DIY: Make A Canon Video Remote For Less Than $10

Easy to follow how to for a DIY video remote for Canon DSLR cameras for under 10 bucks. If you have a Canon digital camera and plan to shot video using a camera rig, then you’ll want a good way to control your recordings with a start/stop button. A remote control is the way to go, but you can save a lot of money if you make your own! The remote in the video is hardwired into the camera and onto the rig for easy handling. You need: a Canon RC-6 remote control (click here) or a generic brand (click here), a fiber optics cable (click here), a wire hanger, some gaffers tape, and a Leatherman multi-tool (click here). Everything is exemplified on a Canon EOS 5D Mark II (price & specs) but it works with other Canon DSLRs too. You may want to jumo over the first minutes of the video.

[NextWaveG via wonderhowto]

The Top 10 Secret Tips To Become A Better Photographer

It's so easy…

1. Take pictures.

2. Take more pictures.

3. Take even more pictures.

4. Take even more than more pictures.

5. Take pictures when you don’t want to.

6. Take pictures when you do want to.

7. Take pictures when you have something to say.

8. Take pictures when you don’t have something to say.

9. Take pictures every day.

10. Keep taking pictures.

[via photofocus]

 

Wildlife Photography Tutorial with Chris McLennan (For EOS DSLRs)

This cute little 7:35 video comes from Canon Australia (emphasis mine):

Chris McLennan talks about his experiences as an international wildlife photographer and gives hints and tips about flash photography, using natural light, macro shots and how to shoot wide angles for some amazing results. Join in, find the inspiration for your photography and share at www.canon.com.au/worldofeos

[Video] How To Shot Events: A Photography And Video Lighting Tutorial

A quick video lesson about shooting events by Jay P. Morgan of The Slanted Lens:

Shooting events can be very hard and in this lesson I will share some insights that will make it a bit easer. I learn every time I shoot and this was no exception. One clarification I want to make about camera settings that was not as clear as I would have liked it in the video. I shoot in aperture priority when I shoot stills and in shutter priority when I shoot video. When shooting video in shutter priority I set the shutter at 1/50th of a second and allow the aperture to fluctuate.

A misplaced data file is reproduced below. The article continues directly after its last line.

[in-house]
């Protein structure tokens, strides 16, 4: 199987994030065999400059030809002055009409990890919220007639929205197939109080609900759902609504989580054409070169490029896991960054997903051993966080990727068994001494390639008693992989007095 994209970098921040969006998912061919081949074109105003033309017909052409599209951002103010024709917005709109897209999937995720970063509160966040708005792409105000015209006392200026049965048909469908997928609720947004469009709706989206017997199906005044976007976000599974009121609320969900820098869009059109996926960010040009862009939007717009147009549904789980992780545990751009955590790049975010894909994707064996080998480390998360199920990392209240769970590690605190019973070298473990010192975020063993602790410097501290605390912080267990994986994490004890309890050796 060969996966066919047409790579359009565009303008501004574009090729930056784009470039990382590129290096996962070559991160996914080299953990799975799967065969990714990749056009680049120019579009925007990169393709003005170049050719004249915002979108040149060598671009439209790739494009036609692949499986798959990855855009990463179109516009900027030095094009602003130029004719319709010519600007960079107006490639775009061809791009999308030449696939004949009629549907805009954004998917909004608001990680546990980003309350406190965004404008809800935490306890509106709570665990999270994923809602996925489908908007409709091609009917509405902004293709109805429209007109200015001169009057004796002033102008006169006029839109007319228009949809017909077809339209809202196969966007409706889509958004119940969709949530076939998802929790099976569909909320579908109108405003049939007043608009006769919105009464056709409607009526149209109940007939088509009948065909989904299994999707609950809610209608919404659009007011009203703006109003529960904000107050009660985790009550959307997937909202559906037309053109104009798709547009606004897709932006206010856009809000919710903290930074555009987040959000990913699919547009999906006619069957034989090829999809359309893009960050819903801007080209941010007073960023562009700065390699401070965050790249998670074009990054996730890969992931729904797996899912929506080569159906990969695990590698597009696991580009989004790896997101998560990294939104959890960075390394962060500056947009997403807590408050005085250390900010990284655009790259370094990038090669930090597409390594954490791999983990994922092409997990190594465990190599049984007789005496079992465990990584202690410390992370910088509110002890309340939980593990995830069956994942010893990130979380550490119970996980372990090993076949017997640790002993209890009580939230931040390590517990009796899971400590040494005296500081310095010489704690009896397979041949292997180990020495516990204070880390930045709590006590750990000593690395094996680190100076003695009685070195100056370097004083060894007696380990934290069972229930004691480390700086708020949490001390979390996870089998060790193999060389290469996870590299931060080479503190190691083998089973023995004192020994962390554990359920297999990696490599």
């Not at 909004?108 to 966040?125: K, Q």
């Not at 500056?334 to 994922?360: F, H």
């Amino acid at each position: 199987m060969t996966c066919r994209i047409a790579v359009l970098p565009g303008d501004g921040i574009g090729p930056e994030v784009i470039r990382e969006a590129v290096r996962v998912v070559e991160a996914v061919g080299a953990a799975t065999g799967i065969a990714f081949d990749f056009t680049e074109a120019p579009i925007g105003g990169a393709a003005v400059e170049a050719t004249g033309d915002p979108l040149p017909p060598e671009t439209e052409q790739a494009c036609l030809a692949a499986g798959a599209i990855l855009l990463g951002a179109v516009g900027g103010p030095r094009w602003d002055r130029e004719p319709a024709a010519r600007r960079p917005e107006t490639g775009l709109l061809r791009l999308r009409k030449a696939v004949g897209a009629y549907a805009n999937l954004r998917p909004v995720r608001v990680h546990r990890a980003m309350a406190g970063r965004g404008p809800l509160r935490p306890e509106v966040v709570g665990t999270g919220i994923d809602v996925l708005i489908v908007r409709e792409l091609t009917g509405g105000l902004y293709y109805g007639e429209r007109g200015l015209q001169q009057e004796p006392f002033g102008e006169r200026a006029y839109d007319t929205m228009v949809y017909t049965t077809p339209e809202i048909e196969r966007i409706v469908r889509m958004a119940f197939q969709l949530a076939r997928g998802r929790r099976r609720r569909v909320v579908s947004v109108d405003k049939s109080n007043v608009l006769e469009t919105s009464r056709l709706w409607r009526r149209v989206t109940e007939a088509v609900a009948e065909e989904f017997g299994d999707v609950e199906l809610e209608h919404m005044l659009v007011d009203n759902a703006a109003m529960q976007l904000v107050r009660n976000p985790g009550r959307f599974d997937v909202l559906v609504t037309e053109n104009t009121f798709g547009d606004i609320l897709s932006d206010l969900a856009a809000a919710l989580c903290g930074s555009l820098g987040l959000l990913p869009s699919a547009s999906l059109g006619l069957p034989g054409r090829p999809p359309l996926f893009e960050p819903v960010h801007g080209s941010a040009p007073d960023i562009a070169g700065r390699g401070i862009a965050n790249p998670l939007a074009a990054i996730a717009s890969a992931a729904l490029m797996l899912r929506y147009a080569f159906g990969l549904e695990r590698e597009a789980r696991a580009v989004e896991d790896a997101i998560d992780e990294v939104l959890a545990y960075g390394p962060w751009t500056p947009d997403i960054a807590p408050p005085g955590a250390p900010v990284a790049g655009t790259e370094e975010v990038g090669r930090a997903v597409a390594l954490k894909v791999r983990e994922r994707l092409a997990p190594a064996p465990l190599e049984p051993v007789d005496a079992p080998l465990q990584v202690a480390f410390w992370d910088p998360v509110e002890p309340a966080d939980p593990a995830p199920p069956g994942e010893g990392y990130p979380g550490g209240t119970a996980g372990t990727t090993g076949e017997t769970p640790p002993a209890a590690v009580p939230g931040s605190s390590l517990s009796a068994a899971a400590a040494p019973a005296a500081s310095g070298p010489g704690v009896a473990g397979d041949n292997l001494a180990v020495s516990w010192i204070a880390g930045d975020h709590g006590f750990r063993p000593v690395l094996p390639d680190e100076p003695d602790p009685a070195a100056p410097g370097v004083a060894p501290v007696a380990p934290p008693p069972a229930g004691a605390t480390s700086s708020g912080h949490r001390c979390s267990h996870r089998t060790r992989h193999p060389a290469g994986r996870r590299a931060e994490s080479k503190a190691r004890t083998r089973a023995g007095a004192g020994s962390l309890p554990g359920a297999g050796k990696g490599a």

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[Video] 5D Mark III Video Color Correction Using Adobe Lightroom

Cool little video by user RooiMus on Vimeo showing how to colour correct video footage (made with an EOS 5D Mark III) using Adobe Lightroom 4:

An experiment in using the power of Adobe Lightroom in colour correcting Canon 5D Mark III video: Exported original footage from Adobe After Effects as a .tiff sequence, which enables all Lightroom development tools. After colour correction, exported .tiff files as a slideshow video from Lightroom, with a user defined preset for 25 fps full HD.

EOS 5D Mark III price check: Amazon USA, Amazon CA, B&H Photo, Adorama, Digitalrev, KEH Camera, eBay US, Canon USA, Canon CA, BestBuy Adobe Lightroom 4 price check: Amazon USA, Amazon CA, B&H Photo, Adorama, Digitalrev, KEH Camera, eBay US, Canon USA, Canon CA, BestBuy

[Tip] How Concepts Taken From Cognitive Science Can Make Your Photography Better

“Whisper”, image credit: Eric Kim

Interesting article by street photographer Eric Kim about how concepts and ideas taken from the domain of cognitive sciences can help you shot better (read: more interesting) pictures. The article is well made, has a comprehensive introduction and still manages to be not too long. The article tries to tackle the following issues:

What makes a photograph memorable? What makes a photograph so powerful and so magical that it burns itself into our memories? Why do certain photographs withstand the history of time? Why do certain shots that are perfectly composed and framed are easily forgotten or dismissed? What makes a great photograph? How much of it is subjective vs objective? Is there a “science” behind making a memorable photograph?

These are important questions every photographer thought about at least once during his or her (photographic) life. The article is well-researched (though the author says it is not enough) and I think it is easily understandable also for those who don’t have a background in psychology or cognitive science. I won’t anticipate too much since I think this article is absolutely worth to be read. Let me just say that it goes over three main concepts that may be precious aids for your (street-) photography:

  1. We communicate with stories
  2. We seek patterns
  3. We look into the future

Each concept is analyzed and discussed with regard to photography. Sample images are provided. If you are into street photography (I am) then this article is a real must.

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